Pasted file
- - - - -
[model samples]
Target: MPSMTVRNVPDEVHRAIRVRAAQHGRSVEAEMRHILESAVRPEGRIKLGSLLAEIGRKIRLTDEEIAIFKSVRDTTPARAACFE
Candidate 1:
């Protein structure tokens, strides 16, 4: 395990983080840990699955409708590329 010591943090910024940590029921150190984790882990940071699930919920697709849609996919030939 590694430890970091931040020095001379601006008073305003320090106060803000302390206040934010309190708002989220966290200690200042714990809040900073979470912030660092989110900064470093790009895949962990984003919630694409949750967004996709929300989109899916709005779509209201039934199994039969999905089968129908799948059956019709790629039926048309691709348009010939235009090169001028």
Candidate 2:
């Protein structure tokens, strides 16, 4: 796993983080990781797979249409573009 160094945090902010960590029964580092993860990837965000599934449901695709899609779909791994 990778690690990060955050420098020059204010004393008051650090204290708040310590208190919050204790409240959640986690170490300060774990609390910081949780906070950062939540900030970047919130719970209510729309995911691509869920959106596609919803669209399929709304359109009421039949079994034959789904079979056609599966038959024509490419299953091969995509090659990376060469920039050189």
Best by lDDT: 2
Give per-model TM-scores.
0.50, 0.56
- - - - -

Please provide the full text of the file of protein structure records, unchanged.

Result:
[model samples]
Target: MPSMTVRNVPDEVHRAIRVRAAQHGRSVEAEMRHILESAVRPEGRIKLGSLLAEIGRKIRLTDEEIAIFKSVRDTTPARAACFE
Candidate 1:
């Protein structure tokens, strides 16, 4: 395990983080840990699955409708590329 010591943090910024940590029921150190984790882990940071699930919920697709849609996919030939 590694430890970091931040020095001379601006008073305003320090106060803000302390206040934010309190708002989220966290200690200042714990809040900073979470912030660092989110900064470093790009895949962990984003919630694409949750967004996709929300989109899916709005779509209201039934199994039969999905089968129908799948059956019709790629039926048309691709348009010939235009090169001028």
Candidate 2:
């Protein structure tokens, strides 16, 4: 796993983080990781797979249409573009 160094945090902010960590029964580092993860990837965000599934449901695709899609779909791994 990778690690990060955050420098020059204010004393008051650090204290708040310590208190919050204790409240959640986690170490300060774990609390910081949780906070950062939540900030970047919130719970209510729309995911691509869920959106596609919803669209399929709304359109009421039949079994034959789904079979056609599966038959024509490419299953091969995509090659990376060469920039050189």
Best by lDDT: 2
Give per-model TM-scores.
0.50, 0.56